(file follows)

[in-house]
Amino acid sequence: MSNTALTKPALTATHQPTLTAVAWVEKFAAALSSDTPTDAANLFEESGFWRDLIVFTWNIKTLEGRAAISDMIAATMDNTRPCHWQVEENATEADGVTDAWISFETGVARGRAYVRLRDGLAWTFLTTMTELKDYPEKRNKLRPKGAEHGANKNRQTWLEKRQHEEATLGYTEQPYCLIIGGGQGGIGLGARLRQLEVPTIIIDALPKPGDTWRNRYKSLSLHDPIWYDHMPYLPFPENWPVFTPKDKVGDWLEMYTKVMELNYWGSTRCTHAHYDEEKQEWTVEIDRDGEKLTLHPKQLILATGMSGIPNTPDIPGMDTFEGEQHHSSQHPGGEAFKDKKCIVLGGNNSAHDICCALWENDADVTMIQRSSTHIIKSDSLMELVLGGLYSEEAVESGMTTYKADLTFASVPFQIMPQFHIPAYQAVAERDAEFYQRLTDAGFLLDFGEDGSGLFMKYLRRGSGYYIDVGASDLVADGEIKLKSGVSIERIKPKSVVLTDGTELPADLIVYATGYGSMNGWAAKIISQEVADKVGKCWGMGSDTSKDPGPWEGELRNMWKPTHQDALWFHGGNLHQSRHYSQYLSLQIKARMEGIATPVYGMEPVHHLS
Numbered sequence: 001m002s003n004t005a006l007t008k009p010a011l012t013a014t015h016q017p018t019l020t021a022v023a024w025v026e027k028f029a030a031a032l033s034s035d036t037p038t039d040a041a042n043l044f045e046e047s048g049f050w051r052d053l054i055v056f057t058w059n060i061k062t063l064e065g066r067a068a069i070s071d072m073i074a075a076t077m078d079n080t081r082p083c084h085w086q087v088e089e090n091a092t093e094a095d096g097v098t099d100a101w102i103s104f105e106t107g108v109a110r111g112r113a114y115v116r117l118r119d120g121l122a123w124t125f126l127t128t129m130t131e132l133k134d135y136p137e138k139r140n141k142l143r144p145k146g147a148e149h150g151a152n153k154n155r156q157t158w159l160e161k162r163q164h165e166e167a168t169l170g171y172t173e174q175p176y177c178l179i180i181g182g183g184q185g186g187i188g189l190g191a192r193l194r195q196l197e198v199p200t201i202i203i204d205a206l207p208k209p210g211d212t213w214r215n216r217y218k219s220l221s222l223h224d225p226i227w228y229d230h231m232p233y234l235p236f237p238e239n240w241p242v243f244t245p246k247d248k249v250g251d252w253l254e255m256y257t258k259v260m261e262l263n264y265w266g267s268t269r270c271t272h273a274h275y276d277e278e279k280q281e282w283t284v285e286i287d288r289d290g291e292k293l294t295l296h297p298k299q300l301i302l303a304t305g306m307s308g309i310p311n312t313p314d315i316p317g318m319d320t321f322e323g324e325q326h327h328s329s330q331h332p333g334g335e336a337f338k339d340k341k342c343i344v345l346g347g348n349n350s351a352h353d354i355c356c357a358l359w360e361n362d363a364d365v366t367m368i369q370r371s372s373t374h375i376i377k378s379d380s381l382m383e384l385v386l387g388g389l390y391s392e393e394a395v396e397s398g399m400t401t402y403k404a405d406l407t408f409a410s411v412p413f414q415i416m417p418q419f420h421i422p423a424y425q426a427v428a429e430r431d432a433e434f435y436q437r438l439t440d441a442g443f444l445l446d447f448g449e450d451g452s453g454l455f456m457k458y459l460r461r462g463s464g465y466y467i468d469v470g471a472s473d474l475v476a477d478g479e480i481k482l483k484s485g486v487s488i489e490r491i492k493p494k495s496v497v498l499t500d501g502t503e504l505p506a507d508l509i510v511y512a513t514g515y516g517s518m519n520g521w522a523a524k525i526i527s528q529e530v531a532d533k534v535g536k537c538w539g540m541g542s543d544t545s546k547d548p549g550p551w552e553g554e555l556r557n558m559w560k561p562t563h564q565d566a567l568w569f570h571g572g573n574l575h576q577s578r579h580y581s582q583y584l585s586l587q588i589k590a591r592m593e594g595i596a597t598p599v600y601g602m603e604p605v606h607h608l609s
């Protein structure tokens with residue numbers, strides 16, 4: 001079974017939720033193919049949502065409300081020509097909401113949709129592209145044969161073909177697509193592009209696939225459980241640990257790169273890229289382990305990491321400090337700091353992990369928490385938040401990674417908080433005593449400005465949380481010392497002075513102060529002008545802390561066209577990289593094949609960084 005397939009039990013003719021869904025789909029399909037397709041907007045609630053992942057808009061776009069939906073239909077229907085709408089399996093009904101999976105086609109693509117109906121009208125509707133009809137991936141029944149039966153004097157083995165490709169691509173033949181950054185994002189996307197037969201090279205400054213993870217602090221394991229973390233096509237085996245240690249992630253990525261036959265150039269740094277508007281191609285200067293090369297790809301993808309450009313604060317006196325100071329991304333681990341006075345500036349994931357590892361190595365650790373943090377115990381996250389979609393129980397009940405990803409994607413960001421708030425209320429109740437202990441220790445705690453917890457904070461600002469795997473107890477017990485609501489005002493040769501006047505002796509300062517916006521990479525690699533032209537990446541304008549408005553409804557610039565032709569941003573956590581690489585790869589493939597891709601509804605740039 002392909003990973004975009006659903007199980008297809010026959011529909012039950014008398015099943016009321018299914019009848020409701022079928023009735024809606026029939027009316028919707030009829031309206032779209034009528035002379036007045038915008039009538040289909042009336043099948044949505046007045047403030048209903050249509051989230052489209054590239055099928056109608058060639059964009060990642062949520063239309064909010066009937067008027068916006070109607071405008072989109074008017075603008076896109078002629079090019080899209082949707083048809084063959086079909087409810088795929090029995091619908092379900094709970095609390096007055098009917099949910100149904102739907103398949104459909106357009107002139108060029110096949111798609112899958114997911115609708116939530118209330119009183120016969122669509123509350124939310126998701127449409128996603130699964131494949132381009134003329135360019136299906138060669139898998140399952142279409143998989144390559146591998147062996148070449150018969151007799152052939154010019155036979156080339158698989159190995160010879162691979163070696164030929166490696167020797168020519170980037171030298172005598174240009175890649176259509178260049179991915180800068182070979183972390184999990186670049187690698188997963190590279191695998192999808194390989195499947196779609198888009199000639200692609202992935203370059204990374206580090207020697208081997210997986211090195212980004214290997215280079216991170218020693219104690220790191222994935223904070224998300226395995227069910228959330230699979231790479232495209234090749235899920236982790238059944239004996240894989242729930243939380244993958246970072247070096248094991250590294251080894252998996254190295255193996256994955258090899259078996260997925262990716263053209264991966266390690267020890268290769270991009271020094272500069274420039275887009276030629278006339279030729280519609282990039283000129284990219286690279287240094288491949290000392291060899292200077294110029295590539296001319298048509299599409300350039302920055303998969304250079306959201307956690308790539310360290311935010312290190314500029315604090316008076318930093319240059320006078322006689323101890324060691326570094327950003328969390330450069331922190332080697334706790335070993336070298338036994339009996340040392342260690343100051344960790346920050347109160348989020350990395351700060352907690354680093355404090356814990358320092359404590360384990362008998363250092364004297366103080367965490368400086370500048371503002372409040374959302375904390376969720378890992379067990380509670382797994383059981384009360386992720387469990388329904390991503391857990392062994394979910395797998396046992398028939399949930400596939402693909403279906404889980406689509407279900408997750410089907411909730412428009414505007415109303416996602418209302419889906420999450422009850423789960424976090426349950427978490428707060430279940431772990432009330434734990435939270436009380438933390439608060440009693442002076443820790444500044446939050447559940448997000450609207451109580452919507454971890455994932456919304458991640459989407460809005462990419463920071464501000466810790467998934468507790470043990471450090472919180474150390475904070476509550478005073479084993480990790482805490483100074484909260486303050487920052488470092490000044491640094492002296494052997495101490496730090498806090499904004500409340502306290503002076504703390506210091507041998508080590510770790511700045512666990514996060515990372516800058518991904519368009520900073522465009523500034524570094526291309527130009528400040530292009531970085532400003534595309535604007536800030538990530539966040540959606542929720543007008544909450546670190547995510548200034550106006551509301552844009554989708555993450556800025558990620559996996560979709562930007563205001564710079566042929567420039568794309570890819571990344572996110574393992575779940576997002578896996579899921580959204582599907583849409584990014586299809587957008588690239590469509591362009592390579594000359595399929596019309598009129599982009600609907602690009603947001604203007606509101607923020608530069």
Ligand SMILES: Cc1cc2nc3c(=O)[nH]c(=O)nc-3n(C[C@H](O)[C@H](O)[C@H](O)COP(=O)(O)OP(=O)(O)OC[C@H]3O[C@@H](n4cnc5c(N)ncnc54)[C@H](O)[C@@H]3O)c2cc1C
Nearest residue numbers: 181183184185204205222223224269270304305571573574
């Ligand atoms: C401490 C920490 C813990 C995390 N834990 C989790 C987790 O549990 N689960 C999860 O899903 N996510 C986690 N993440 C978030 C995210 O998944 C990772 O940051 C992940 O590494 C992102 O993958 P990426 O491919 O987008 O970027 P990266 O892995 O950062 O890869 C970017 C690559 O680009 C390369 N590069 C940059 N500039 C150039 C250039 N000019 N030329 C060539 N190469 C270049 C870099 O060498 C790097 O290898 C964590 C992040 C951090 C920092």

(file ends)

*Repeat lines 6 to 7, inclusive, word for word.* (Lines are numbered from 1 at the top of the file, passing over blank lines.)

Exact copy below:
Nearest residue numbers: 181183184185204205222223224269270304305571573574
């Ligand atoms: C401490 C920490 C813990 C995390 N834990 C989790 C987790 O549990 N689960 C999860 O899903 N996510 C986690 N993440 C978030 C995210 O998944 C990772 O940051 C992940 O590494 C992102 O993958 P990426 O491919 O987008 O970027 P990266 O892995 O950062 O890869 C970017 C690559 O680009 C390369 N590069 C940059 N500039 C150039 C250039 N000019 N030329 C060539 N190469 C270049 C870099 O060498 C790097 O290898 C964590 C992040 C951090 C920092």